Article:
President Joe Biden and Vice President Kamala Harris declined a potential trip to Hawaii amid devastating fire damage on the island of Maui. The vice president told reporters this week that neither she nor Biden would visit in order not to “distract” from current emergency efforts.
“We don’t want to distract from the resources that need to go in to the victims of this tragedy, and of course, the needs of the first responders have to be able to focus on that issue and not worry about focusing on us,” the vice president said.
Biden and Harris Refuse to Visit Maui Because They Feel Their Presence Would ‘Distract’ Relief Efforts
— Townhall.com (@townhallcom) August 13, 2023
Harris also said that the White House was “coordinating federal resources to swiftly get there to support the work in terms of recovery but to just support the folks on the ground. It is tragic.”
The vice president stated that both she and Biden were “deeply concerned” about the current situation.
The president declared the unfolding fire a major disaster last week and authorized sending food and water.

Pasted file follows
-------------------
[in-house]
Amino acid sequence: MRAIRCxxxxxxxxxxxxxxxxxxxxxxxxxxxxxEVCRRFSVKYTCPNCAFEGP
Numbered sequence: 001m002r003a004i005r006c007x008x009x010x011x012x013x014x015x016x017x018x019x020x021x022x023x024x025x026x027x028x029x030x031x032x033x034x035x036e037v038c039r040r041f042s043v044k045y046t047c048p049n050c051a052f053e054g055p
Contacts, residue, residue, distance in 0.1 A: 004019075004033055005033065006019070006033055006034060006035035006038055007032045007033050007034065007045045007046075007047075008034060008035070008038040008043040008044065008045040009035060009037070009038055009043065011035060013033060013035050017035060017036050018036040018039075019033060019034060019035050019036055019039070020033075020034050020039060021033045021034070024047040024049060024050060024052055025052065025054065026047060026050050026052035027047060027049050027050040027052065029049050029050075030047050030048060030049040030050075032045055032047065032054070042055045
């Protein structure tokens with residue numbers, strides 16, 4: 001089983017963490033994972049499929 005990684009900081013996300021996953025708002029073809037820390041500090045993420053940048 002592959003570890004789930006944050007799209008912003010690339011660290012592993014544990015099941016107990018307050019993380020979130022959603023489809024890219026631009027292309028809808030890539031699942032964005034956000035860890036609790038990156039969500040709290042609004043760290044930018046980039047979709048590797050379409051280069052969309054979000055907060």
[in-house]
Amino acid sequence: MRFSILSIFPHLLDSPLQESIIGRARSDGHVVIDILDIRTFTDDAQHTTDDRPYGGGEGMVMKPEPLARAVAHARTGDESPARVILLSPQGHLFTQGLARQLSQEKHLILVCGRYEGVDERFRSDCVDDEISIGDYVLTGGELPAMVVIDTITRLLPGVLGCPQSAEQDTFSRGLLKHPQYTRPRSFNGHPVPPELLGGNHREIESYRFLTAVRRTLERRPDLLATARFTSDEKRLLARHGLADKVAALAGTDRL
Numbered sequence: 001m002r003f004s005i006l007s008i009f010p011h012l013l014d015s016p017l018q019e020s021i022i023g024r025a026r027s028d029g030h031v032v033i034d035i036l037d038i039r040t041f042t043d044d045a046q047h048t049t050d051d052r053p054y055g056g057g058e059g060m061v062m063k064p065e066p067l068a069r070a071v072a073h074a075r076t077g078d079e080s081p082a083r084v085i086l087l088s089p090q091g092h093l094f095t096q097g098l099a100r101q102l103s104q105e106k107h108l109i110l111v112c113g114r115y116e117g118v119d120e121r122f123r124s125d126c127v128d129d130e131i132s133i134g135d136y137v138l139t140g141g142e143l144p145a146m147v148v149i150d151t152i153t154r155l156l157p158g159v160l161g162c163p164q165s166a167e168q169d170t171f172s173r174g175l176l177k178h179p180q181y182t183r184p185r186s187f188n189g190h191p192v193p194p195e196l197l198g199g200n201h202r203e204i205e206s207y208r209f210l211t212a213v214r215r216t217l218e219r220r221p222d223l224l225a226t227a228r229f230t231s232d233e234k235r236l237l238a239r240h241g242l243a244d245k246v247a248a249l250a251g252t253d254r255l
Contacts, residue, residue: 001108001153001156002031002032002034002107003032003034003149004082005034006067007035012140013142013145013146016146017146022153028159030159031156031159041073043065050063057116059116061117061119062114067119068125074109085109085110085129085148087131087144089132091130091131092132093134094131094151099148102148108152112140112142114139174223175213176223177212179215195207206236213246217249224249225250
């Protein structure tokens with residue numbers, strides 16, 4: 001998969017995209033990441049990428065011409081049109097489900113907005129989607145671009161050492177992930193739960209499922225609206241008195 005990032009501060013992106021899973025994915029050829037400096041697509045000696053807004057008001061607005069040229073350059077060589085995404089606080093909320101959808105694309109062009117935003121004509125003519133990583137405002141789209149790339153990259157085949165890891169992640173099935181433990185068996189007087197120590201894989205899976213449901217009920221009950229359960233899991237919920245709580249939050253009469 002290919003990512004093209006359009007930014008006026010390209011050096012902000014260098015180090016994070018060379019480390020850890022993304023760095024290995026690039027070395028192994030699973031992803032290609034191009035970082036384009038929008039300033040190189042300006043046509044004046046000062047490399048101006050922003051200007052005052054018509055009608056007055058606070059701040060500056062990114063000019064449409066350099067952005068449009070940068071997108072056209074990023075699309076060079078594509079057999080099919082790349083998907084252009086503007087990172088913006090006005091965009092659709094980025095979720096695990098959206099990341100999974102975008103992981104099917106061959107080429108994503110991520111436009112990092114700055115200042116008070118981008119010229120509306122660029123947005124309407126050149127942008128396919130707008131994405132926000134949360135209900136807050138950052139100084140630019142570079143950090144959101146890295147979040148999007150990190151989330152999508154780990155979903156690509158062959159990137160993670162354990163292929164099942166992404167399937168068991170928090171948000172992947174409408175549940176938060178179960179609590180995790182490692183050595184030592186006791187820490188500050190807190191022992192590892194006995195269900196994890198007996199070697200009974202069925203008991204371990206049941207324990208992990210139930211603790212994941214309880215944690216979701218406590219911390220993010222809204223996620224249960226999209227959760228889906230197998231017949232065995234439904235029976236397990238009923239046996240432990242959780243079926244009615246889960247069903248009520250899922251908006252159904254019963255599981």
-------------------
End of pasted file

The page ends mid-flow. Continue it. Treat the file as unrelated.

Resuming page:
The announcement came amid sobering visuals and statistics out of Hawaii. Maui officials stated that the death toll as of Monday morning was about 100, with more fatalities expected. In addition, the fires have destroyed more than 2,000 on the tropical island.
The fires devastated the former Hawaiian Kingdom capital of Lahaina.
Hawaii Gov. Josh Green (D) partially blamed the devastating fires on the effects of climate change.
During an interview on MSNBC, the governor called the situation a “fire hurricane” that produced “1,000-degree heat creating fire cyclones going through buildings.”
He described the current situation in Lahaina as a “war zone.”
Green also cited winds from Hurricane Dora as an additional factor. While the hurricane did not directly impact Maui, the governor believes that its winds and current drought conditions helped bring on the fire.
“That’s what a fire hurricane is going to look like in the era of global warming,” the governor said.
He argued that climate change is “very real for us and everywhere.”